The Colorado governor’s race has been one of the most volatile races of 2010. Former Congressman Tom Tancredo, so unhappy with the Republican nominee, Dan Maes, declared himself on the Constitutional ticket, vowing not to drop out unless Maes did, too.
It seemed that with two people dividing up the party, and Tancredo’s Quixiotic quest to take down Maes, the Democratic challenger would be a shoo-in.
Now, not so much. He’s almost been overtaken…by Tancredo himself.
Via the Sacramento Bee:
Two months ago, many political professionals were chortling at Tom Tancredo’s third party bid to become Colorado governor.
The former firebrand Republican congressman said he was the only conservative who could stop the Democrats from winning the seat after a scandal-plagued “tea party” candidate unexpectedly won the GOP nomination.
Tancredo’s volatile rhetoric on illegal immigration and calls to bomb Mecca have won him passionate followers, but also high unfavorability ratings in the state. He had no money on hand and little time to mount a campaign against the Democrat, Denver Mayor John Hickenlooper, a popular politician with millions of dollars in contributions in the bank.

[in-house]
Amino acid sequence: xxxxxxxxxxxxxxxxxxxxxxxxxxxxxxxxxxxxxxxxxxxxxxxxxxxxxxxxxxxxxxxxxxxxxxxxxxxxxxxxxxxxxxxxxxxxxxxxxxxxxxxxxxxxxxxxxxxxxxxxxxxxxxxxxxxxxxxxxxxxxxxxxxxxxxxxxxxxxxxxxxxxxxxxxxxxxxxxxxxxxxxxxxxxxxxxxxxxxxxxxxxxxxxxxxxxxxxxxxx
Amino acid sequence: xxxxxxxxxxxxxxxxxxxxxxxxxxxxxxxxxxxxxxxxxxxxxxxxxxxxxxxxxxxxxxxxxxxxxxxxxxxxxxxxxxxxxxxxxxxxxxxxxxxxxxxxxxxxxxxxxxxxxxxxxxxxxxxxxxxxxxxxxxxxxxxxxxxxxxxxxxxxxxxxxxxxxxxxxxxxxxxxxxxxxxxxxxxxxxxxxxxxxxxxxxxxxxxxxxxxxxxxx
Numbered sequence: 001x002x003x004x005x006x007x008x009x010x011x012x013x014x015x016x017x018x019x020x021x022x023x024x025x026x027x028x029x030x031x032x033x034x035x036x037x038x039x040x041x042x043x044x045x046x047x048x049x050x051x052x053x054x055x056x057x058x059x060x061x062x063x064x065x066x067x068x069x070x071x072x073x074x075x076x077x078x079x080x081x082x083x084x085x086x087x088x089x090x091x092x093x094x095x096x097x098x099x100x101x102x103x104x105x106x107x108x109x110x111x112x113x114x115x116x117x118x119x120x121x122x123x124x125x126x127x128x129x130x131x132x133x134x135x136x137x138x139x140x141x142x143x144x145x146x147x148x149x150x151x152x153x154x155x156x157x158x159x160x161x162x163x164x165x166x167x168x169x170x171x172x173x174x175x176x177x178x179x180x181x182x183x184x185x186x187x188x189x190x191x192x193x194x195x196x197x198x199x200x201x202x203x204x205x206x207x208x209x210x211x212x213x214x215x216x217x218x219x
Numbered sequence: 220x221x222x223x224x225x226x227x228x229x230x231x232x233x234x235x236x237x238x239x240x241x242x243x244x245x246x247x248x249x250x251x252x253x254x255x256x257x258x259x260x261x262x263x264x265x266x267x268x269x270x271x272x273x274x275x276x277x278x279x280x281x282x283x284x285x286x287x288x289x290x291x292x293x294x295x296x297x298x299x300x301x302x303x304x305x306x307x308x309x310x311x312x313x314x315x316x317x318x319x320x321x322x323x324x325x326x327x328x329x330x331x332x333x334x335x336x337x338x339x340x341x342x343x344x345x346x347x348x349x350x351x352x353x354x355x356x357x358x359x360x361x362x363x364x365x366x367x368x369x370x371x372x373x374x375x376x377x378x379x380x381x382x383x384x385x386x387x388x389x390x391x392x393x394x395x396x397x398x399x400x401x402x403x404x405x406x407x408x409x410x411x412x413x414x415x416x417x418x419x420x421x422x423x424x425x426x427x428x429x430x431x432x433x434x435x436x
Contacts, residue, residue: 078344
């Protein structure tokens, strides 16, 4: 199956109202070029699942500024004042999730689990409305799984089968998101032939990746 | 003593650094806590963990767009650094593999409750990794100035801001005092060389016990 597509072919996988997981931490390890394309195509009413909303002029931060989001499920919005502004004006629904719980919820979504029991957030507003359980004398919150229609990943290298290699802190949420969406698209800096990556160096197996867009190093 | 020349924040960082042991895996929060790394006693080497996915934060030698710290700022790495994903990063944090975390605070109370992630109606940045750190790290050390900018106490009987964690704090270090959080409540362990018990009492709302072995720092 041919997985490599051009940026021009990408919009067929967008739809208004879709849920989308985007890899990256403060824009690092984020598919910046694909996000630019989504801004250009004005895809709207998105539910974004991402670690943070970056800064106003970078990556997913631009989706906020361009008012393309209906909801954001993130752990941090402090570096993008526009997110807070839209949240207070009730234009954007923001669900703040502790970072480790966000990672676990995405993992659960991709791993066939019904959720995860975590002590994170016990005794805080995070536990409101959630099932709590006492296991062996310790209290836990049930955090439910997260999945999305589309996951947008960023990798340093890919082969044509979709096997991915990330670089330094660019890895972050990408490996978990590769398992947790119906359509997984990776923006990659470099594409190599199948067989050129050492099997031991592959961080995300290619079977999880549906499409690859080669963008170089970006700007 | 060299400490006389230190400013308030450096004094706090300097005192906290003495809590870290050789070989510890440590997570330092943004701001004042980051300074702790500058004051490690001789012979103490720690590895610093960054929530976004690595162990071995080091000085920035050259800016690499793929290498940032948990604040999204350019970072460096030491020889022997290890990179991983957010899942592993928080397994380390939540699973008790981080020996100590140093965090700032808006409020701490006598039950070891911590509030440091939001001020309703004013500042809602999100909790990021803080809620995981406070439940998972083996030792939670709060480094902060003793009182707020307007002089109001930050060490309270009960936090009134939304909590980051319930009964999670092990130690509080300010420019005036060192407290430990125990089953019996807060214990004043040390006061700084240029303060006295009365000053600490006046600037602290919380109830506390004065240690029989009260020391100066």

But little more than a week out from election day, it’s possible to imagine a Tancredo governorship.
A poll late last week found him just four points behind Hickenlooper, whose support has stayed flat while Republican nominee Dan Maes is flirting with single digits. It is only one poll, and from a Republican-leaning pollster, but it matched the arc that all polls have picked up since Tancredo entered in late August – his support is rising as Hickenlooper’s stalls.
In the beginning of September I wrote:
But Tancredo’s definitely full of bravado. After all, he’s running in a three way gubernatorial campaign with no real plan as to how he intends to win, especially now that his request for the Republican candidate to drop out has been met with laughter. Currently, Democrat John Hickenlooper is leading Republican Dan Maes by 12 points, and Tancredo is only getting 14 percent.
Can Tom win? Probably not. But it looks like he’s going to keep making headlines along the way.